Toll fee collection in CAR: a brief history and its implications

>> Thursday, March 23, 2017

 By Atty. Willibroth B. Managtag

(First of three parts)

            On May 20, 1954, Executive Order No. 34 was issued by then Pres. Ramon Magsaysay declaring that portion of Benguet Road (Kennon Road) from Klondyke’s Spring to Camp 6 as Toll Road and directed the collection of Toll Fees. Accordingly, Toll gates were put up in Camp 1 and Camp 6, both in Tuba, Benguet. However, the purpose of the collected fees was not stated in the executive order.
                On the other hand, it is believed that the Baguio-Bontoc Halsema Highway toll road was established earlier than the Kennon Toll Road. The toll gate was erected at Acop, Tublay, Benguet. Personal accounts of persons who were born before WWII, like Dr. Allyson Belagan, attest that the Baguio – Bontoc Halsema Toll Road was established earlier than 1954. Likewise, the purpose of the collected toll fees is not also clear.
                Thus, to say that the collected toll fees were used for the maintenance of said roads is plain surmises.
                At present, these national toll roads are called the Baguio-Bontoc Halsema Highway Kennon National Toll Roads (BBKNTR)           
                On May 27, 1975, P.D. No. 711 was issued abolishing all existing special and fiduciary funds and transferring to the general fund the operations and funding of all special and fiduciary funds. Section 2 thereof provides, “x x x. All taxes, levies, fees, imposts and other income of special and fiduciary funds duly authorized under existing laws shall remain and shall accrue to the General Fund.” Thus, the collected toll fees in Kennon Road and in Tublay, Acop, Benguet, were all remitted to the national treasury.
                On September 22, 1976, P.D. No. 1004 was issued providing in Sec. 1 thereof that “[t]oll fees collected from Kennon and the Baguio-Bontoc Halsema Roads are hereby exempted from the provisions of Presidential Decree No. 711 and are hereby authorized to be disbursed exclusively for the maintenance, repair and improvement of the said roads in accordance with the program of work prepared by the Highway District Engineer of Benguet and approved by the Highway Regional Director concerned.”
                However, on November 8, 1977, P.D. No. 1234 was issued expressly repealing P.D. No. 1004. Section 1 thereof states;

“[a]ll income and collections for Special or Fiduciary Funds authorized by laws shall be remitted to the Treasury and treated as Special Accounts in the General Fund, including the following:

(i)Other offices and agencies of the national Government-owned or controlled corporations. All income derived from measures authorized by law, including receipts from taxes, duties, dues, fees, charges, levies, fines, imposts, rates, gains or any other collection, revenues which are exempted by law from coverage of P.D. No. 711 or otherwise earmarked by law for specific activities or which otherwise accrue directly to such offices or agencies, including government-owned or controlled corporations, ”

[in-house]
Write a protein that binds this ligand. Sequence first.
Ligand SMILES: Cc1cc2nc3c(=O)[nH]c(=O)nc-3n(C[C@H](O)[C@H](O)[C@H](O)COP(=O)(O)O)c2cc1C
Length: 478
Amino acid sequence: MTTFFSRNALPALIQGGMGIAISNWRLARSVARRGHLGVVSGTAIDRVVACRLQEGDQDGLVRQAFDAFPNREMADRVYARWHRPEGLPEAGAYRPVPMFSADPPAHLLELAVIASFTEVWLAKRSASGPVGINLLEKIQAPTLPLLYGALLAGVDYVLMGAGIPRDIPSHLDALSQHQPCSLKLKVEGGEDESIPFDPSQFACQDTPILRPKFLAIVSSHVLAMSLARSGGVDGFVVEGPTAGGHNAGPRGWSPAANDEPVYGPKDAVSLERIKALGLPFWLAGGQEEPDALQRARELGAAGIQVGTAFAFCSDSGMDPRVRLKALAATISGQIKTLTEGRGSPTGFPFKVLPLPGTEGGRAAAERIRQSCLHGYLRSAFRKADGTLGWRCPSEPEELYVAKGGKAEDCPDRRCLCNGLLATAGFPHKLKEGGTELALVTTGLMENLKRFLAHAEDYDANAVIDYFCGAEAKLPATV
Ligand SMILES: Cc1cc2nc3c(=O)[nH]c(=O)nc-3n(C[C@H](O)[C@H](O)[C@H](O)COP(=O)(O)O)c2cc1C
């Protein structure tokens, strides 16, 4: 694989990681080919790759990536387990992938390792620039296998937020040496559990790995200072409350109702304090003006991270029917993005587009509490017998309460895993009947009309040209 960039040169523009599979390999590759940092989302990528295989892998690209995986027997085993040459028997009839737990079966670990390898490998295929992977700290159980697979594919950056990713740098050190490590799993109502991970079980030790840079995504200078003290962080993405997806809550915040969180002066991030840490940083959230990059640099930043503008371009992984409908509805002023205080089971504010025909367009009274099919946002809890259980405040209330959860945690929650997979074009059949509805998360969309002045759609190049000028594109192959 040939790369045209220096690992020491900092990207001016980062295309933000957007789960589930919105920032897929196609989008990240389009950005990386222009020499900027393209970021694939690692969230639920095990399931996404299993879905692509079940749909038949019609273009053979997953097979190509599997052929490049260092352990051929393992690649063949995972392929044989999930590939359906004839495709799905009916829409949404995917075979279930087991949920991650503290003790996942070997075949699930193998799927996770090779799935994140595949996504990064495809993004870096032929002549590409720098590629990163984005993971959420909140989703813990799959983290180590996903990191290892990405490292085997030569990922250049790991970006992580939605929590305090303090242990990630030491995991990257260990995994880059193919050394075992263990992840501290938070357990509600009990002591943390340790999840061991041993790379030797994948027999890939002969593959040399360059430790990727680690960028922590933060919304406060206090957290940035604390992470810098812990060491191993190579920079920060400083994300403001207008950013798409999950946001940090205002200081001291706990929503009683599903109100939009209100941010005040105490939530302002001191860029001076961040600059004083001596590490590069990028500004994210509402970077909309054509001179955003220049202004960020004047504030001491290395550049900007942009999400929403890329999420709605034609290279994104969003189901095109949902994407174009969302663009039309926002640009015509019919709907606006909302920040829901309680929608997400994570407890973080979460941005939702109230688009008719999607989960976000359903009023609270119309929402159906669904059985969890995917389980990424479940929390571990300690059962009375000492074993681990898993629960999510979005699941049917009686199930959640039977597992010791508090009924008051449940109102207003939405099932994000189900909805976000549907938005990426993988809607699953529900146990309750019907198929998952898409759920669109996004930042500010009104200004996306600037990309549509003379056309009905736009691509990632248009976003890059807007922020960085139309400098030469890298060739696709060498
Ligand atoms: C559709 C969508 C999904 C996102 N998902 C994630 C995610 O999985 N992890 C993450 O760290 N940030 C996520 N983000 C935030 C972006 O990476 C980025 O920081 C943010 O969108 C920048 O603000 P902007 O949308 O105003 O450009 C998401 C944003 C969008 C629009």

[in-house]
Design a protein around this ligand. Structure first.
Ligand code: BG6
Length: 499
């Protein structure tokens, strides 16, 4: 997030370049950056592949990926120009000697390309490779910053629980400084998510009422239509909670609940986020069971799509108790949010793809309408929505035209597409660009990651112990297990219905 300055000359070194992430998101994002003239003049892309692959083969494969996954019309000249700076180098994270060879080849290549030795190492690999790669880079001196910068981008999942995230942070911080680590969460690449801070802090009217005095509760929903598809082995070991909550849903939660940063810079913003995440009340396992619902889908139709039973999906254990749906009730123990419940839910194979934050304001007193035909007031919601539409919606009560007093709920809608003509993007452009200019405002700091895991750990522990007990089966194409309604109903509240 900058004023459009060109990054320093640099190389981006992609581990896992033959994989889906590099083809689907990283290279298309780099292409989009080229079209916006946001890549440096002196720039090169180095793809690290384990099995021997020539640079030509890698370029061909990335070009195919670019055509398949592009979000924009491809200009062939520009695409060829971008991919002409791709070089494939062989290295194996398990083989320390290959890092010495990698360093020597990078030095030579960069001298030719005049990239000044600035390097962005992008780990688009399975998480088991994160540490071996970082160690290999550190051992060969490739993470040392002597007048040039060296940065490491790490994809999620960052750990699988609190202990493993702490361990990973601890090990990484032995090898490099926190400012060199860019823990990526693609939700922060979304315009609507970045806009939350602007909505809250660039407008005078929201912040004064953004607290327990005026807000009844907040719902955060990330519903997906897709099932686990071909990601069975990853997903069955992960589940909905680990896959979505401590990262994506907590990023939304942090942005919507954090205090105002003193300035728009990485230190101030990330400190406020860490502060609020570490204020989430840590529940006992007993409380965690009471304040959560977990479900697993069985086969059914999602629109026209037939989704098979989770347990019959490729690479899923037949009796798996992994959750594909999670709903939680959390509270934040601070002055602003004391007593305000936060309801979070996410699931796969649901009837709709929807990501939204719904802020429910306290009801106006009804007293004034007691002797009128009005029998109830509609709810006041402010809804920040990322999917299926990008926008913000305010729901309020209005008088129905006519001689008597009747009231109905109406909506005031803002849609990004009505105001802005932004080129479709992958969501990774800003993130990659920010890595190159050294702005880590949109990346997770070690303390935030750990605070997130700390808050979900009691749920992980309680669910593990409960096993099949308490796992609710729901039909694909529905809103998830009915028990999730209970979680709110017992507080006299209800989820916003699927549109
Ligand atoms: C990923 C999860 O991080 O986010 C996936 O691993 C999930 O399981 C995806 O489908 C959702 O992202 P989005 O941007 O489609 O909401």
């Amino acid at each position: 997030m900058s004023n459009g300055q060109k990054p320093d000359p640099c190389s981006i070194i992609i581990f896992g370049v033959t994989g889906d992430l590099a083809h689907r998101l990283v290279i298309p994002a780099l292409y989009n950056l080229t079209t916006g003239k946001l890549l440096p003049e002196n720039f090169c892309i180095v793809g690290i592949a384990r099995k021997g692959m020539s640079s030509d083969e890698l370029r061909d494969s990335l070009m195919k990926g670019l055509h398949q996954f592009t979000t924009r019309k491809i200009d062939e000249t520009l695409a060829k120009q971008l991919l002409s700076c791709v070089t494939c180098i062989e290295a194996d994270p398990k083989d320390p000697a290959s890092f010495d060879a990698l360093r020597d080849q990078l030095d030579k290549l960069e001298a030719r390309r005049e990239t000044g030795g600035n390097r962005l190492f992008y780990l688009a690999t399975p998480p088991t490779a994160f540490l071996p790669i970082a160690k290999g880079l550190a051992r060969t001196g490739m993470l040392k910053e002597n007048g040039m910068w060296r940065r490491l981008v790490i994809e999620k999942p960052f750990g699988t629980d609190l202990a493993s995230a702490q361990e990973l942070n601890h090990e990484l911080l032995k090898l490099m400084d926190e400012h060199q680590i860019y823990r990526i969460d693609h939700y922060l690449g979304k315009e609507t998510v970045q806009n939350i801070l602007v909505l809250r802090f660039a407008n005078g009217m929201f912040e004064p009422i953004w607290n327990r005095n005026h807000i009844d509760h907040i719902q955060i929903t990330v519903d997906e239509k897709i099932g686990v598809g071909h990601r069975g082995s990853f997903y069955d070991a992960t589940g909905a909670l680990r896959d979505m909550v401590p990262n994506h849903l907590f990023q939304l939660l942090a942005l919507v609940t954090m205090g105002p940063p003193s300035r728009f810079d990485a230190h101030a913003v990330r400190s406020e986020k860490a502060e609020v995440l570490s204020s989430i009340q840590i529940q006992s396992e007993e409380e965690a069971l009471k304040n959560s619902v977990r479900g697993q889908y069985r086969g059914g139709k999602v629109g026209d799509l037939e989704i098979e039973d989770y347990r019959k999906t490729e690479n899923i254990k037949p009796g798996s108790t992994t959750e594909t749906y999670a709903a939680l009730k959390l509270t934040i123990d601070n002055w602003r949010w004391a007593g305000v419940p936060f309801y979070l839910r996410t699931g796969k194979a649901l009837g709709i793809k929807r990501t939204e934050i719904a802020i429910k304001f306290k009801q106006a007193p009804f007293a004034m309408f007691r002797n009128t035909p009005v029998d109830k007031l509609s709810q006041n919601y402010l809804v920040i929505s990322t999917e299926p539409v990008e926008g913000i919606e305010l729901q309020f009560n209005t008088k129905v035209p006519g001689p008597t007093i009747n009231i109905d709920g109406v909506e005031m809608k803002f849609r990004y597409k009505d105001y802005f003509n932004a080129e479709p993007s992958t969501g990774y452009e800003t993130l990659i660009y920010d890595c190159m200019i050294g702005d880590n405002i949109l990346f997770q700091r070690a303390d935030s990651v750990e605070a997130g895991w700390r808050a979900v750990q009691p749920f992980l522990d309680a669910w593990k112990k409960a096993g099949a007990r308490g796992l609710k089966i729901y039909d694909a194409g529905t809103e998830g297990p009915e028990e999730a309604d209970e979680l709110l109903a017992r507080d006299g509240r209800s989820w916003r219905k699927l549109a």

Up to the present, the collected toll fees are remitted to the national treasury.
                In June 27, 2000, R.A. 8794 otherwise known as the MOTOR VEHICLE USER’S CHARGE (MVUC) or Road User’s Tax was approved into law. Sec. 2 thereof provides, “there is hereby imposed on every motor vehicle, whether for hire or private use, including government motor vehicle, a Motor Vehicle User’s Charge (MVUC) which shall be collected from and paid by the owner of the motor vehicle.”
                Section  1 of the law provides; “It is hereby declared as the policy of the State to provide for and ensure the adequate maintenance of national and provincial roads through sufficient funding for the purpose.”
                Section 7 of the law provides; “All monies collected under the Act shall be earmarked solely and used exclusively (1) for road maintenance and the improvement of road drainage, (2) for the installation of adequate and efficient traffic lights and road safety devices, and (3) for air pollution control.”
                Second paragraph of Section 7 provides, “[a]ll such monies collected shall be deposited in four (4) special trust accounts in the National Treasury, namely: (1) Special Road Support Fund; (2) Special Local Road Fund; (3) Special Road Safety Fund; and (4) Special Vehicle Pollution Control Fund.”
                Except for the Special Vehicle Pollution Control Fund, which is under the DOTC, now DOTr, all the first three special funds are under the DPWH.
                Paragraph 4 of Section 7 provides, “seventy percent (70%) of the Special Road Support Fund shall be used exclusively for the maintenance of, and the improvement of drainage of, national primary roads.”
                Paragraph 7 of Sec. 7 likewise provides, “[a] Road Board to implement the prudent and efficient management and utilization of the special funds shall be organized by the President of the Philippines. X xx.”
                Finally, Sec. 10 of the law provides; “No other tax, fee or any other charge of similar nature, as the Motor Vehicle User’s Charge shall be imposed by any political subdivision or unit in the country.”


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